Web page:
Rob Harmon’s Picks 6/10/14

Rob_Harmon_image_for_picksAh, summertime. Do you remember warm nights as a kid, spending hours in the yard after dark catching fireflies, looking at the stars, or watching fireworks? Do you remember what it felt like to step back inside again: the shock of the tungsten light and how you would blink your eyes and all of your other senses would struggle to readjust to the feeling—the safety—of being “home” again?

As a metaphor, there is no better way to describe what it is like to walk into Best Video, especially in today’s media environment: We are a haven, an oasis, civilization, home… if you are thinking “I must be in heaven,” you must be in Best Video!

So, with the theme of summertime in mind, and movies on my mind (as if they ever aren’t!), I move on to this week’s recommendation entitled…


During the summer that I turned 21 I was living in New York City when, on a sweltering afternoon, I went to Lincoln Center to see back-to-back movies: John Carpenter’s taut, low-budget exercise in claustrophobic atmosphere and action ASSAULT ON PRECINCT 13 (1976) and David Cronenberg’s masterfully sick, McLuhan-esque body horror nightmare VIDEODROME (1983). After being cloistered in the air-conditioned darkness all day—my senses assaulted by Carpenter’s and Cronenberg’s twin nihilistic visions—I virtually staggered out of the theater into the sunlight and heat.

I had seen double features before and I have seen them since but that one sticks out in my mind, partly because the films were new to me but also because I admire the unknown genius who thought to pair them up. It took a leap of faith to connect the two and it is in that stretch of the imagination that a good double feature can deliver so much satisfaction, beyond even what movies individually will provide.

No other medium lends itself as well to doubling and the number “2.” For example, film history is filled with genres that explore the idea of couples and marriage—melodrama, romantic comedy, screwball comedy—while others explicitly examine the duality of human nature—horror, film noir, and crime. Some movies, like Hitchcock’s SHADOW OF A DOUBT or Lynch’s MULHOLLAND DRIVE, even foreground this theme of duality and the ambiguity of identity, making it the film’s primary focus. But most important, of course is the fact that movie promoters early on learned to package feature films in pairs: the aptly named “double feature.”

At Best Video it is very natural to rent two movies at a time (Monday, Tuesday, and Wednesday are 2-for-1 for full-benefits members, after all) and I love to observe how people pair them up: sometimes there is a theme (World War II, Cary Grant, Jean Arthur, New York, L.A., renowned Czech animator Jan Švankmajer, carnivorous fish, etc.) and sometimes the connections seem to be purely random, which is a kind of theme as well. Yes, the couplings that can be made between movies are infinite (think: Six Degrees of Kevin Bacon) and provide for endless reflection and fun. It is true that one is the loneliest number: after all, watching movies is so nice, why not do it twice?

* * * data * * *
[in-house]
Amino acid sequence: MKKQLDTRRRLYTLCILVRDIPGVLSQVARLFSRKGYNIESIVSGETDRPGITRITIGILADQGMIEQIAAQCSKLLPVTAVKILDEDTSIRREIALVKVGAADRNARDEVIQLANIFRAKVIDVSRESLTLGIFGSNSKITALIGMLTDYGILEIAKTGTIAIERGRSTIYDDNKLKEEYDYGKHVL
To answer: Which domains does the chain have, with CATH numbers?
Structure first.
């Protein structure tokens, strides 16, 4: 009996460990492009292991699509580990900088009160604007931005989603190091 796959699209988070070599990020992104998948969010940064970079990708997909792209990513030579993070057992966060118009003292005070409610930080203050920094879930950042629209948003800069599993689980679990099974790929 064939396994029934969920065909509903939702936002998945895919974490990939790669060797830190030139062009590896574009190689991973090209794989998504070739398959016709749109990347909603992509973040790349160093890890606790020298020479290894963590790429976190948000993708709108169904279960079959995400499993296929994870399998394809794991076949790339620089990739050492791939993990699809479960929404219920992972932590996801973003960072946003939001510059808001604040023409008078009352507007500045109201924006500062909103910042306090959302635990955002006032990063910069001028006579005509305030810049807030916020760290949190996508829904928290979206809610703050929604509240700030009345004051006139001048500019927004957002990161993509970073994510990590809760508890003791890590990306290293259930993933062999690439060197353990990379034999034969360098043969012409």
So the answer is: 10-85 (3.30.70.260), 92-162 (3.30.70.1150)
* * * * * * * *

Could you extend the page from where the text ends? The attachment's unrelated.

Here are ten suggested double features:

42nd_Street_DVD42ND STREET or FOOTLIGHT PARADE (both 1933)/THE BOY FRIEND (1971): Try pairing up a Busby Berkeley kaleidoscopic song-and-dance original with Ken Russell’s acid-tinged tribute to the great “Buzz” himself, starring none other than Twiggy!

THE 7TH VOYAGE OF SINBAD (1958)/JASON AND THE ARGONAUTS (1963): What’s better than a Ray Harryhausen double feature? One which features lots of sword-wielding skeletons, of course!

THE MANCHURIAN CANDIDATE (1962)/THE PARALLAX VIEW (1974): How about a little conspiracy and paranoia, American style?

HERE COMES MR. JORDAN (1941)/A MATTER OF LIFE AND DEATH (1946): During the dark years of World War II it is no surprise that films set in Heaven became commonplace. These are probably the two very best.

GLORIA (1980)/ALIENS (1986): A fun double bill of butt-kicking, feminist-tinged action flicks!

HIGH SIERRA (1941)/COLORADO TERRITORY (1949): The first is well-known as an important early gangster role for Humphrey Bogart, but director Raoul Walsh later re-made his own film as an excellent Western starring Joel McCrea.

LOVE ME TONIGHT/ONE HOUR WITH YOU (both 1932): Two sensational early, innovative Paramount musicals; the former is directed by Rouben Mamoulian, and the latter by Ernst Lubitsch. Each stars Jeanette MacDonald and Maurice Chevalier and each is set in Paris (via Hollywood, U.S.A.)!

BRIEF ENCOUNTER (1945)/THE APARTMENT (1960): Director Billy Wilder based his character C.C. Baxter’s (Jack Lemmon) tendency to lend out his apartment to philanderers on a character who appears in a single scene of David Lean’s classic weepie, about an English housewife and doctor (each happily married) who meet by accident, fall in love, and then decide to part.

SLAP SHOT (1977)/NORTH DALLAS FORTY (1979): Two vintage late 1970’s sports flicks, representing ice hockey and football—gritty, insightful and completely hilarious!

THE LAVENDER HILL MOB (1951)/THE LADYKILLERS (1955): Alec Guinness, ‘nuff said!

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